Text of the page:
Saturday, June 02, 2007

I'm back, Thank you for the questions


Here are some questions I received a while back.

Question: Just because there isn't
a god doesn't mean that there is no other "higher being" in the universe. I
mean, the universe is far too vast for us to rule out the existence of
intelligent beings on some other planet, right? I'm not talking all-powerful
or perfect, and this still makes the fires of hell into bullshit, but the
fact should be thought of.

Answer: Atheism is a lack of belief (or denial) of gods. I don't think intelligent
beings on other planets is what most people consider "gods".

Question: Also, there are these books - the bible, the bhagvad gita, the quran - well,
who wrote them? Power hungry men? They must have been pretty fiendish to
fool almost everyone around them, and their books fool them still - is it
because of the cleverness of the authors or the stupidity of the masses?

Answer: These "holy" books were written by men who were expressing concerns of
their own time and culture, and I think the books reflect this. I don't necessarily
believe that these books were written with the intention of fooling people. I think
these cultures didn't have the kind of evidential standard that we (well, some of us)
have today.

Question: I also wish to ascertain the limits of atheism/theism. Is the rejection of
reincarnation included in an atheist's beliefs? I suspect that it is, due to
lack of evidence.

Answer: There tends to be a lot of overlap between Atheism and materialism, which is
a rejection of all things non-material, including "souls". It isn't strictly necessary
for an Atheist to reject reincarnation, but I do, and I think most other Atheists do as
well, for consistency if nothing else. For example, the "argument from a disembodied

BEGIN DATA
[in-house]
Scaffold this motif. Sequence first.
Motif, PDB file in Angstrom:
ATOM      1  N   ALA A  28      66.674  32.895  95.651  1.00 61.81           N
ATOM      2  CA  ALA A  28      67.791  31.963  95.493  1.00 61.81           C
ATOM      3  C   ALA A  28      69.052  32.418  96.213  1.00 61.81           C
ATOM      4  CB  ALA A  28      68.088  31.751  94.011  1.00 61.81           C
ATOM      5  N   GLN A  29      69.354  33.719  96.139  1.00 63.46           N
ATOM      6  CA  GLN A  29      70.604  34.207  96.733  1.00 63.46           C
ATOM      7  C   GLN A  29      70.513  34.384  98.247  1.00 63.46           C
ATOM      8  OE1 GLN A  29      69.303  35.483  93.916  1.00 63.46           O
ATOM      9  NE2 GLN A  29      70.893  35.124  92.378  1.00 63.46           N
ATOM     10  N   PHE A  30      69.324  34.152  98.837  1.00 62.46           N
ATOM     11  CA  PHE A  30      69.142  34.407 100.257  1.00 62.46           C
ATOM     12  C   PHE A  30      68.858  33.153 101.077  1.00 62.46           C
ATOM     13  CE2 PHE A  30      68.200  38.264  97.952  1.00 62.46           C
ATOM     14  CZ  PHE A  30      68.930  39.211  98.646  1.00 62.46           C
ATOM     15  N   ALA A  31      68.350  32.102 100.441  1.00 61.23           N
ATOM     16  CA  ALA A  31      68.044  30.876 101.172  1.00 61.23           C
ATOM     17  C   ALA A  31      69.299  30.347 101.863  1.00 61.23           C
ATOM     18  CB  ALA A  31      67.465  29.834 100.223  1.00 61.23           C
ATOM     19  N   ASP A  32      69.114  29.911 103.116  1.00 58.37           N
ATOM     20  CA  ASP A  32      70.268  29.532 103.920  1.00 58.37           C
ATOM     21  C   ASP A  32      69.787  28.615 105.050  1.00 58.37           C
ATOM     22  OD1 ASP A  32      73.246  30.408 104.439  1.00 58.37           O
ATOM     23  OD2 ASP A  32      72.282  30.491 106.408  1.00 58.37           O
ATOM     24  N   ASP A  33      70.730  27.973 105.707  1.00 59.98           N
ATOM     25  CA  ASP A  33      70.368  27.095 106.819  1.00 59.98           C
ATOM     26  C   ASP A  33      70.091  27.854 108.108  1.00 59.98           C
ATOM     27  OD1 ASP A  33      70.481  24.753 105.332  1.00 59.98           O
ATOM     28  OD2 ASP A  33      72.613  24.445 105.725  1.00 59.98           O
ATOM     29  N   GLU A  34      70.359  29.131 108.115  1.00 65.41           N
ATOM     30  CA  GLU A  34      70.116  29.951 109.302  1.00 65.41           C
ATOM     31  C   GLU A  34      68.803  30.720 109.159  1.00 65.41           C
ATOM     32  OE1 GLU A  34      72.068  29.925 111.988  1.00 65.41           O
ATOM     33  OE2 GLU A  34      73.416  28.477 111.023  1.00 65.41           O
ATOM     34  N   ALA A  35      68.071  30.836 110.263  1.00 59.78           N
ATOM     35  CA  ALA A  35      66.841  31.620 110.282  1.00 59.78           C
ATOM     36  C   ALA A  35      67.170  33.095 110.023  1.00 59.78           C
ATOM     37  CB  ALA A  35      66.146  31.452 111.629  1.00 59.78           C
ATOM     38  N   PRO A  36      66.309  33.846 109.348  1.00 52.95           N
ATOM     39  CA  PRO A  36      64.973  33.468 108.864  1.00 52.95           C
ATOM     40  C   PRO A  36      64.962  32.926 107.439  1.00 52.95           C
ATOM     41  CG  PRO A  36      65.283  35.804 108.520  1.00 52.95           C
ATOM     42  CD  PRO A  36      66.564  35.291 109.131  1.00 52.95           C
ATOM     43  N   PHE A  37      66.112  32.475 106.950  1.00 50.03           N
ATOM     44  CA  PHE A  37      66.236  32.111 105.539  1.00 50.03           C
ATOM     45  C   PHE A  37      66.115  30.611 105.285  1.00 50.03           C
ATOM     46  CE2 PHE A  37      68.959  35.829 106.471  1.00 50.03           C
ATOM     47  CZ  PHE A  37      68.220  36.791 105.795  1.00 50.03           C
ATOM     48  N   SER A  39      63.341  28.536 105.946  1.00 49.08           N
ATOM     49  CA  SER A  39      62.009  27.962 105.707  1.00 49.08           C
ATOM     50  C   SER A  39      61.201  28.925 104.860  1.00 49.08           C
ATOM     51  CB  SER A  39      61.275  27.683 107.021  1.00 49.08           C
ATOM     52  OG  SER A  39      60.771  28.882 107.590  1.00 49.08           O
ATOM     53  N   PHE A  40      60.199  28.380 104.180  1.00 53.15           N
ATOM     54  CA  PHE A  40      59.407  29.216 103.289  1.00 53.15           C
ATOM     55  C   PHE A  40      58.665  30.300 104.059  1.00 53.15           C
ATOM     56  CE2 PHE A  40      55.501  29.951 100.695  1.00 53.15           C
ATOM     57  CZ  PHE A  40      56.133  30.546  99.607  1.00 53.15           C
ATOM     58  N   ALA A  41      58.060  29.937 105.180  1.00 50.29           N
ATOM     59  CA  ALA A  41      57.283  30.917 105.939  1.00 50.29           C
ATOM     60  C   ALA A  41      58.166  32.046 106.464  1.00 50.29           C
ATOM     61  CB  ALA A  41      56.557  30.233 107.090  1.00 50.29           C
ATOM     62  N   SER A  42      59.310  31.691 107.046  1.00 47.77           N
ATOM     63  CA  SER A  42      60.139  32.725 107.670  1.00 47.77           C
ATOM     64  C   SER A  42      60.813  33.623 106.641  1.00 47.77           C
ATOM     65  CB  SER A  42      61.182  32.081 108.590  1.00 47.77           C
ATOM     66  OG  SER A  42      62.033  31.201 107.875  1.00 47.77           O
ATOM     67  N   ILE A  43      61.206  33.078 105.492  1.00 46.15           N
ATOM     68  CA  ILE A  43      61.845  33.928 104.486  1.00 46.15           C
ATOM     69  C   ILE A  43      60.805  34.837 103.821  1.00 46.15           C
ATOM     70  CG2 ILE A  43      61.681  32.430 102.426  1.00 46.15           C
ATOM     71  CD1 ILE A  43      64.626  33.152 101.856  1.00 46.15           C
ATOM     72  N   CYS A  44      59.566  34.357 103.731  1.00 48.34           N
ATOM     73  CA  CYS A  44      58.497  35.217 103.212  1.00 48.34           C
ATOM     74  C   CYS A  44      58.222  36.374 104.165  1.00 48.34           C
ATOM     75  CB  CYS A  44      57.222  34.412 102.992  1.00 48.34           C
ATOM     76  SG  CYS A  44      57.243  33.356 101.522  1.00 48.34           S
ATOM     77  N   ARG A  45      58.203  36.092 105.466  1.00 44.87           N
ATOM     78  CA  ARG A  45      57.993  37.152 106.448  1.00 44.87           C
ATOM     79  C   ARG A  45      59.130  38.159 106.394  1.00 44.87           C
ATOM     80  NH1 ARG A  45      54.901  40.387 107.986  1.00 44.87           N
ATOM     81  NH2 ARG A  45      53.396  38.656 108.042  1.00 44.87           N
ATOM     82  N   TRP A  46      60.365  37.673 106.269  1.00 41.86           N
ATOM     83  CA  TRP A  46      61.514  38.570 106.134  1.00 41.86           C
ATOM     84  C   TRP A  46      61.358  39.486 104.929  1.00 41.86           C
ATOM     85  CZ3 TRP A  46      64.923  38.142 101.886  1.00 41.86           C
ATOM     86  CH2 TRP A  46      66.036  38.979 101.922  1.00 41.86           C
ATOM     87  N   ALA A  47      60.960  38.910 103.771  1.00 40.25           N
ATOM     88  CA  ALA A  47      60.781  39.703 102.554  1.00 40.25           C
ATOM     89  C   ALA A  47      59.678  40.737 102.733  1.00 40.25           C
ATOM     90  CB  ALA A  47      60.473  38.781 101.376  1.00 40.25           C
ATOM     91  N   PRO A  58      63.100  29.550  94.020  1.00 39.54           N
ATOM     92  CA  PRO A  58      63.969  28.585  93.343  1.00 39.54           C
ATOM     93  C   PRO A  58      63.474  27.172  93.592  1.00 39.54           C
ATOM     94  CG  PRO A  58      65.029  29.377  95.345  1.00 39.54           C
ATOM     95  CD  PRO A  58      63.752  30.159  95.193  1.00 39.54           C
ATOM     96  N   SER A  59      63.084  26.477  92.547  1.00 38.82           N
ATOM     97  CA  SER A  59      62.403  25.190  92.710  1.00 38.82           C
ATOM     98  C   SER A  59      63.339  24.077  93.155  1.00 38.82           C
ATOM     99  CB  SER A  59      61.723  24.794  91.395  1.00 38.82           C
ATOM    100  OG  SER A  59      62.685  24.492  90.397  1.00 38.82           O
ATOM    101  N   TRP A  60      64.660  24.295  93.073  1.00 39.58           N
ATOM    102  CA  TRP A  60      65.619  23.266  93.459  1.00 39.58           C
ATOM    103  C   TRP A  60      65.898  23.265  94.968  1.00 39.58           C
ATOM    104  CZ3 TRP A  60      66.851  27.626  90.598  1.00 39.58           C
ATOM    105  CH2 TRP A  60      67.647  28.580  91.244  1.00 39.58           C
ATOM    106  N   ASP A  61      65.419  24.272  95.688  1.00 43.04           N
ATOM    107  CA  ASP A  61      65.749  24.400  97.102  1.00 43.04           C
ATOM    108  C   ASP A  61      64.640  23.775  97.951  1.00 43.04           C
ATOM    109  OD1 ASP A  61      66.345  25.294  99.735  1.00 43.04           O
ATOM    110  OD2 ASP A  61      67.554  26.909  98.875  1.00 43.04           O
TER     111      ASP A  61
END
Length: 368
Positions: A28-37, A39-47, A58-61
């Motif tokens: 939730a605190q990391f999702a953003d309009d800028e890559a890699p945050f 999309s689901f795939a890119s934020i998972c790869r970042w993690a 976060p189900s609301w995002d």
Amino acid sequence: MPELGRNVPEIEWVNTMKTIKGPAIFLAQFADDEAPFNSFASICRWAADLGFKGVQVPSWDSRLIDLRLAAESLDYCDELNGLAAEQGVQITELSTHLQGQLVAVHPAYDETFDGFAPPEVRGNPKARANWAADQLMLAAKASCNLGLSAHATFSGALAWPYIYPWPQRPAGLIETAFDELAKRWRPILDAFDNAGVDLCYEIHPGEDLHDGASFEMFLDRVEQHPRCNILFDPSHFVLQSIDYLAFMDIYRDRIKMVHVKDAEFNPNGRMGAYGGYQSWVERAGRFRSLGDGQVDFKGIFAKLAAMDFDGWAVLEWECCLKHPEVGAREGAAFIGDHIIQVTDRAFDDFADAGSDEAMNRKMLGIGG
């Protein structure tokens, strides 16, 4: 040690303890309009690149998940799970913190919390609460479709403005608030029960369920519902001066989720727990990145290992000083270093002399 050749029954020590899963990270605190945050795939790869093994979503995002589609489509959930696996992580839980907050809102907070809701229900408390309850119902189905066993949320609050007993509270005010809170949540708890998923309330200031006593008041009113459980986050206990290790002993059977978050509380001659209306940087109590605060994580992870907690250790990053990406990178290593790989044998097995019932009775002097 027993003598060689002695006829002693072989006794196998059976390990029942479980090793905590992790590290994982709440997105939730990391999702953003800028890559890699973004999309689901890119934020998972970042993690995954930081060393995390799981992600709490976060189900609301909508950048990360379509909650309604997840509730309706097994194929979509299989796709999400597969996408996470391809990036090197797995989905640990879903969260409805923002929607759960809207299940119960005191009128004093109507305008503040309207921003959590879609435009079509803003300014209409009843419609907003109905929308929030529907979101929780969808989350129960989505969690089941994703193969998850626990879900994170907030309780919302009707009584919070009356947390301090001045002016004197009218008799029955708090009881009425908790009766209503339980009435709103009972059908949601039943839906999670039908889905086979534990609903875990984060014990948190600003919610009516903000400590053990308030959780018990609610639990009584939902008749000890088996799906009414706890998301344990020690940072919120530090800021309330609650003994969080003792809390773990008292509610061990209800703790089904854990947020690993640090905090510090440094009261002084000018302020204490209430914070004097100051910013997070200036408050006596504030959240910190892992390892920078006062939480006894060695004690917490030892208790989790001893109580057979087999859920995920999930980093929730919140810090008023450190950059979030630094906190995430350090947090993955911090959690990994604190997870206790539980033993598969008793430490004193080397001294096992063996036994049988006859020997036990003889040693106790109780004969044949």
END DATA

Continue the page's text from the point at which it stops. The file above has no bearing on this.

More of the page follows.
mind" is useful for disproving that god exists. Minds depend on physical brains, god
is a disembodied mind, this is impossible, therefore no god. This argument can be
applied more broadly. If minds depend on physical brains, reincarnation can't happen,
because it depends on the movement of a disembodied mind from one physical body to
another.

Question: Again, if theists can fabricate fake proof like the bible, why the hell
can't atheists make any difference with facts, fabricated or real, on the
minds of dogmatic believers?

Answer: Facts are making a difference. For example, we no longer believe demons
cause disease. We no longer believe the earth is 6000 years old (other than a large
group of misled American Protestants). We have ideas about weather and how it is
formed, it's no longer a roll of holy dice. We no longer believe that the earth is
the center of the universe. We don't believe demons cause mental illness. There
are quite a few very strong beliefs that have been dropped over the last 2000 years,
even over the last 100 years. This is not all necessarily due to Atheism per se, but
it is due to a strict methodology that stays neutral towards god questions, and with great
success.

Question: Atheism does not defy religion. It defies god. If religion is, by
definition, a set of rules to be followed to bestow peaceful life upon
followers, no atheist should put it down. But when this religion promises a
peaceful afterlife - all atheists should cry foul and help others realise
the truth.

Answer: Buddhism is a religion that doesn't believe in a personal god, so you are
correct here. No Atheist should put down any religion which is a
set of peaceful rules? I suppose that depends on the outcome of those rules. I
think all rules should be open to scrutiny. That is how they improve.


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